© 2013

State Fragility, State Formation, and Human Security in Nigeria

  • Editors
  • Mojúbàolú Olúfúnké Okome

About this book


Since the 1990s, attempts at democratic transition have generated hopes for 'civil society' as well as ambivalence about the state. The interdisciplinary studies gathered here explore this dynamic through the complex interactions of state fragility, self-help, and self-organization in Nigeria. Nigeria stands as a particularly interesting case, as its multifaceted associational life extends far beyond civil society organizations (CSOs) and non-governmental organizations (NGOs): as this volume reveals, there is a 'third sector' of Nigerian society encompassing everything from community self-help programs to ethno-religious affiliations to militias. Some of these formations have narrow, pragmatic aims, while others have an explicit socio-cultural or political agenda; most can be understood as compensating for the state's failure to deliver services and maintain regulatory frameworks. By examining the emergence of broader forms of civil society, this volume considers their successes while also assessing their costs and contradictions.


conflict society transformation violence

About the authors

Mike Adeyeye, Obafemi Awolowo University, Nigeria Olufemi Akinola, Obafemi Awolowo University, Nigeria Dapo F. Asaju, Lagos State University, Nigeria Harriet S. Asaju, Lagos State University, Nigeria Ayokunle Fagbemi, Center for Peacebuilding and Socio-Economic Resources Development (CePSERD), Nigeria Axel Harneit-Sievers, Heinrich Böll Foundation Olawale Ismail, King's College, London, UK Ben Naanen, University of Port Harcourt, Nigeria Fatai A. Olasupo, Obafemi Awolowo University, Nigeria Ayo Olukotun, University of Lagos, Nigeria Adedayo Oluwakayode Adekson, The Great Lakes Colleges Association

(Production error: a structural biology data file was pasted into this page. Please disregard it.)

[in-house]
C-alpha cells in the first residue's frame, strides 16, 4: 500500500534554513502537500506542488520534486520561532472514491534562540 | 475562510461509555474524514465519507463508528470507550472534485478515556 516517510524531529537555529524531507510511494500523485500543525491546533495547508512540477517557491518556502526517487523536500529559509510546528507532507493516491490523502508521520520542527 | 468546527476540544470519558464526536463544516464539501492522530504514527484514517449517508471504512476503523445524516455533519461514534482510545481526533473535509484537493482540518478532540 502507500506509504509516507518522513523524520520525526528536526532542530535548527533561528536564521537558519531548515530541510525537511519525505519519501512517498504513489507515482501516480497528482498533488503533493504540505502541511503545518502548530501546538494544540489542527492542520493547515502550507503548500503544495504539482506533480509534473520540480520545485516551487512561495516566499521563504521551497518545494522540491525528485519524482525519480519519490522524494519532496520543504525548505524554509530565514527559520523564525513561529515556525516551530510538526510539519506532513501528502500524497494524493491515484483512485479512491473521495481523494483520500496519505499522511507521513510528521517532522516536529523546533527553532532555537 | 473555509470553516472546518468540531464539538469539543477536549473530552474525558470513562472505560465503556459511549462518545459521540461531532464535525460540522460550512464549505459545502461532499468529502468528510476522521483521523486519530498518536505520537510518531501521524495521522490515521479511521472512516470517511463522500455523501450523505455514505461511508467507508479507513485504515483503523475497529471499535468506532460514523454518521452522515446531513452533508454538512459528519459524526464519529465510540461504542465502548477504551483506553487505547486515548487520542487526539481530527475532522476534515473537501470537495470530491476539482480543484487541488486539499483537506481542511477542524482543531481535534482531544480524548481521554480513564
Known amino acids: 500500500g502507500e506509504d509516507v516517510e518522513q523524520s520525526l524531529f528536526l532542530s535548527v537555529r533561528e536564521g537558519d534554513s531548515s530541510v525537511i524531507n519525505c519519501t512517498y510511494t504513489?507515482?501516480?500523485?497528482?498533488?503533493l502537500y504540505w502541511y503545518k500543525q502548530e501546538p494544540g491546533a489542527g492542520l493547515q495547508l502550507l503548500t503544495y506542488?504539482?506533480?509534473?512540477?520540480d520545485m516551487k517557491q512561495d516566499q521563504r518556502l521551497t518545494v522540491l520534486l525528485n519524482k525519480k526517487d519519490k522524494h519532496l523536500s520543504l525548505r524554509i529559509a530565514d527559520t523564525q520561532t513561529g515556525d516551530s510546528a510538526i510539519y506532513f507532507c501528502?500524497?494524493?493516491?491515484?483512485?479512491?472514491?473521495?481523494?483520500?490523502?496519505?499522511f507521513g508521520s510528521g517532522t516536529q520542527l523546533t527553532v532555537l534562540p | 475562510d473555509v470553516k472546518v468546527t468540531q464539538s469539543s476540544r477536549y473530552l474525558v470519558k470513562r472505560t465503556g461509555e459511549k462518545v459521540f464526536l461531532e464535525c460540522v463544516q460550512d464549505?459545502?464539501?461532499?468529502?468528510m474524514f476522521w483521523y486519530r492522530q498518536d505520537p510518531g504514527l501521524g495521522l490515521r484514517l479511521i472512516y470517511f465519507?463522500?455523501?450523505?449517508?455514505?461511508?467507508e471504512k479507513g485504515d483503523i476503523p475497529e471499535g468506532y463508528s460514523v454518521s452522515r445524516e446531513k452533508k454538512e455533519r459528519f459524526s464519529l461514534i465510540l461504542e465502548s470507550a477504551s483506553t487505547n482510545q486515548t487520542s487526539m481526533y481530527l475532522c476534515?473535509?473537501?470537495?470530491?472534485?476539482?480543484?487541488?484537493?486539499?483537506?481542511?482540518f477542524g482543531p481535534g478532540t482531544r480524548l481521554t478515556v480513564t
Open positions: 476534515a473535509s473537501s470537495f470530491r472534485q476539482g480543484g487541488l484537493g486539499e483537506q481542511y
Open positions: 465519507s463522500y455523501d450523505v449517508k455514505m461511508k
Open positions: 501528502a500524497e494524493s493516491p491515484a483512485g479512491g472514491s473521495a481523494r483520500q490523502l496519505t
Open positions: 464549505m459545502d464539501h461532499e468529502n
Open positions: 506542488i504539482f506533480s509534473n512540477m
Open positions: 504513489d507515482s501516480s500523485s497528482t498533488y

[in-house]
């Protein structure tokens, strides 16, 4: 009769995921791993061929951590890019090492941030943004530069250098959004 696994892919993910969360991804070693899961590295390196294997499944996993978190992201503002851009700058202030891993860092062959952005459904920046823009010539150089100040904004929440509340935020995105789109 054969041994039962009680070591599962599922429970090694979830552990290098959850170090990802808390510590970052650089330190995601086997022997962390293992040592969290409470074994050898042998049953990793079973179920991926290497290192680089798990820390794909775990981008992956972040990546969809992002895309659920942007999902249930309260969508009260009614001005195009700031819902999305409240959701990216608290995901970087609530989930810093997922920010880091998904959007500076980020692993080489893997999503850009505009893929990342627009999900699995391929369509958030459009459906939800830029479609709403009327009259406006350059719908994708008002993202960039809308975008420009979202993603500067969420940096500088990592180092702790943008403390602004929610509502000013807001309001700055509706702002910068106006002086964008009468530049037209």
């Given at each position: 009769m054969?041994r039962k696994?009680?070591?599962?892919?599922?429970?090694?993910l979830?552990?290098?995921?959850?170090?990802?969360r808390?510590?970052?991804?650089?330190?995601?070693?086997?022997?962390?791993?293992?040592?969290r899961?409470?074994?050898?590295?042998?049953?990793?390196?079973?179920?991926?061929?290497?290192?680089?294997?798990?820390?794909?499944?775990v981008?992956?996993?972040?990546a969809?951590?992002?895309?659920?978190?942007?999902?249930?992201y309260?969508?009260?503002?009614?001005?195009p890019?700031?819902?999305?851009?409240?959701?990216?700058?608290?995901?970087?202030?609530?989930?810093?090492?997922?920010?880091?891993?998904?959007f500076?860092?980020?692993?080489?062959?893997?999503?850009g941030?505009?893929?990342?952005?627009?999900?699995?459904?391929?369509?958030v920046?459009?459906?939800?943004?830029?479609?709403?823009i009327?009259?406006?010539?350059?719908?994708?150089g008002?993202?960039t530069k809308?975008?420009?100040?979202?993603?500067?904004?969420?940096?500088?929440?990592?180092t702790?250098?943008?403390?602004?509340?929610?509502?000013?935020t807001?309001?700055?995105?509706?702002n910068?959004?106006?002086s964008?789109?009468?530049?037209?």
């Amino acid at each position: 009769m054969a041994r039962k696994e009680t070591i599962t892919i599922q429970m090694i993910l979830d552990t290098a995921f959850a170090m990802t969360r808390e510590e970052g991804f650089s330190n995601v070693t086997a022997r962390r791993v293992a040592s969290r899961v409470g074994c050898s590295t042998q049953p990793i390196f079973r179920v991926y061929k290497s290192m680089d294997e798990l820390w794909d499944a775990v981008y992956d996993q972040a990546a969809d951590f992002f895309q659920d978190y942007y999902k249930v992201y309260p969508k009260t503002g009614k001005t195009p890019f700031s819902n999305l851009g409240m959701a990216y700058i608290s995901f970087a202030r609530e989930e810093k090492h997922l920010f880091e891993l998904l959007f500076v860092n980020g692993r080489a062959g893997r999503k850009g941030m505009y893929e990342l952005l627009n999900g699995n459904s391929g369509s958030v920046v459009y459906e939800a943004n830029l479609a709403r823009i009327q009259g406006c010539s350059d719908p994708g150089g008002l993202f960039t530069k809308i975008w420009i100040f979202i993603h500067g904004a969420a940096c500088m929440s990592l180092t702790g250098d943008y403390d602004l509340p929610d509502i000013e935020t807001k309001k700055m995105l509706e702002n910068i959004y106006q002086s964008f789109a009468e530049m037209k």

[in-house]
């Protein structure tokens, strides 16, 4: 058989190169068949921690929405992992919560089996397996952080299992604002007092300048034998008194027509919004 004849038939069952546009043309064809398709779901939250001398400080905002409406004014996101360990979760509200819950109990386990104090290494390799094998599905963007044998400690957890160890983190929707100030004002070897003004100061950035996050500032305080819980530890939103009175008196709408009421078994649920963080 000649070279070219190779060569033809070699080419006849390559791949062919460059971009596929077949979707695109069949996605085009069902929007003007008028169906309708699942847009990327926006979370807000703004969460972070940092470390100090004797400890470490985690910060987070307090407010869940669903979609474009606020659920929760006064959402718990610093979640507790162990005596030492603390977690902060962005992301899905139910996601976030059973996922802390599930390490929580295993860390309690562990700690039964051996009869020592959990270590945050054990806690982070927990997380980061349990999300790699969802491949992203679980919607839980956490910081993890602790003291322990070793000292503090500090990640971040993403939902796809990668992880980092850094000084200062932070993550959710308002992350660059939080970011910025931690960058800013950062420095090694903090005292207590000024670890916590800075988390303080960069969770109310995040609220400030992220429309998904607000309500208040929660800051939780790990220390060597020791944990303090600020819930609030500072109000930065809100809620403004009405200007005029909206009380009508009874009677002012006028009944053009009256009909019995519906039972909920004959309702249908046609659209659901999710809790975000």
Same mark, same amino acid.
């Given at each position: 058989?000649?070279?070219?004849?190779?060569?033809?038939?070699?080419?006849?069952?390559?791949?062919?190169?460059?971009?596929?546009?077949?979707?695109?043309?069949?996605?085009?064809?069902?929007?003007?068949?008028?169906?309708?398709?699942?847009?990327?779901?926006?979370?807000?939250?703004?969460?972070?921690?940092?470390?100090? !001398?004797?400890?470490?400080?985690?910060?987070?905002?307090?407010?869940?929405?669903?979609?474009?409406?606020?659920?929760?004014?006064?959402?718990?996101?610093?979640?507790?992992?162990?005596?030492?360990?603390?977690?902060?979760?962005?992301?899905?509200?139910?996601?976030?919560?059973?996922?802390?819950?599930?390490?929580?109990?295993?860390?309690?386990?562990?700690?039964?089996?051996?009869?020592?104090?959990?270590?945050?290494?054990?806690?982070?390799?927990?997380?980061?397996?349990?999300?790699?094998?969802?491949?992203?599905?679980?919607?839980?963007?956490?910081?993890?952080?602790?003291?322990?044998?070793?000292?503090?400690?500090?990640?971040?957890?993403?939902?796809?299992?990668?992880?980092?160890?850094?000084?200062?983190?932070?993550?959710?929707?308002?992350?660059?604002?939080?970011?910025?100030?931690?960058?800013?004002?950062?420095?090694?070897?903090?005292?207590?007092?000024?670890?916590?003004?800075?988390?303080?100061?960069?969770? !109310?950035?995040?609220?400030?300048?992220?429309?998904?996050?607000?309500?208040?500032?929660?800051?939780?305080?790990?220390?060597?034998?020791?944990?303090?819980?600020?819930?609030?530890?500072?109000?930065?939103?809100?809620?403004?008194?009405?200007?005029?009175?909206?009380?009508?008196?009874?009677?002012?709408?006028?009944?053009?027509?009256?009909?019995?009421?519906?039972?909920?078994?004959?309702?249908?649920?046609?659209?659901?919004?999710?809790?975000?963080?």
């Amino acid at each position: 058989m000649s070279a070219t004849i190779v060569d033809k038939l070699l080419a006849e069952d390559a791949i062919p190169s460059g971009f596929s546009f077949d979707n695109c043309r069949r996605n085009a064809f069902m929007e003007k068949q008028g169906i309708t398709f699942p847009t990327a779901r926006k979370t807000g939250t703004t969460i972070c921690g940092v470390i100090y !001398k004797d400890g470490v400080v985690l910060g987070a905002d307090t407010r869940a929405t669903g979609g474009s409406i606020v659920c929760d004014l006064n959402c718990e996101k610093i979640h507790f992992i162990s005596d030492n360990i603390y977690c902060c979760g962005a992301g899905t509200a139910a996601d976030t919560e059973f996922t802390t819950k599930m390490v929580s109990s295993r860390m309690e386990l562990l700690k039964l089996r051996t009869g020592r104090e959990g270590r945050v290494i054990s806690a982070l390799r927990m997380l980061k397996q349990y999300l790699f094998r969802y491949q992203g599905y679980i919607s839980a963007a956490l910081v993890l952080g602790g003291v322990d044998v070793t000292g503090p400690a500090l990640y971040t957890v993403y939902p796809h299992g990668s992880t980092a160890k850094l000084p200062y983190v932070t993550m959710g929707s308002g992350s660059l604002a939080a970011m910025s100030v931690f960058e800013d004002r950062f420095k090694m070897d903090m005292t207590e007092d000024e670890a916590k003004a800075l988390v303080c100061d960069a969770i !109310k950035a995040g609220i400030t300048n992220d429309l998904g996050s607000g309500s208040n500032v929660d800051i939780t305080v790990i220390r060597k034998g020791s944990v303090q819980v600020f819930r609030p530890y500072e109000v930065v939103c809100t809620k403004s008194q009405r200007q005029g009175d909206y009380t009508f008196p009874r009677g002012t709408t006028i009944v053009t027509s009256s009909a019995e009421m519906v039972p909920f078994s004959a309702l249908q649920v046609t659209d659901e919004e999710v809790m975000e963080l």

Bibliographic information


'Perceptive and insightful analyses of society's reaction to the structural imbalance of the Nigerian nation-state. Written by astute analysts of Nigerian studies, the chapters contained in this volume are engaging and timely - an important contribution to the study of the Nigerian state and society.' - Olufemi Vaughan, Geoffrey Canada Professor of Africana Studies & History, Bowdoin College, USA

'This fresh perspective on Nigeria's irrepressible socio-political terrain refashions our discourse on the African state, with a crisp but intimately informed exploration of spaces where citizens encounter the fragile state. The authors eschew the hackneyed focus on orthodox nongovernmental organizations, and therefore successfully capture a vibrant landscape of associational formations that are vitally present in everyday life, but neglected in the literature. These self-help organizations, rooted in contexts of region, ethnicity, religion, age, and class are not cast as the new democratic panacea, but they satisfactorily defy notions of citizen passivity and reflect alternative loci for collective voice and critical social action. Okome has provided scholars and practitioners with a provocative framework for understanding and debating the political future.' - Peyi Soyinka-Airewele, Associate Professor of International Politics, Ithaca College, USA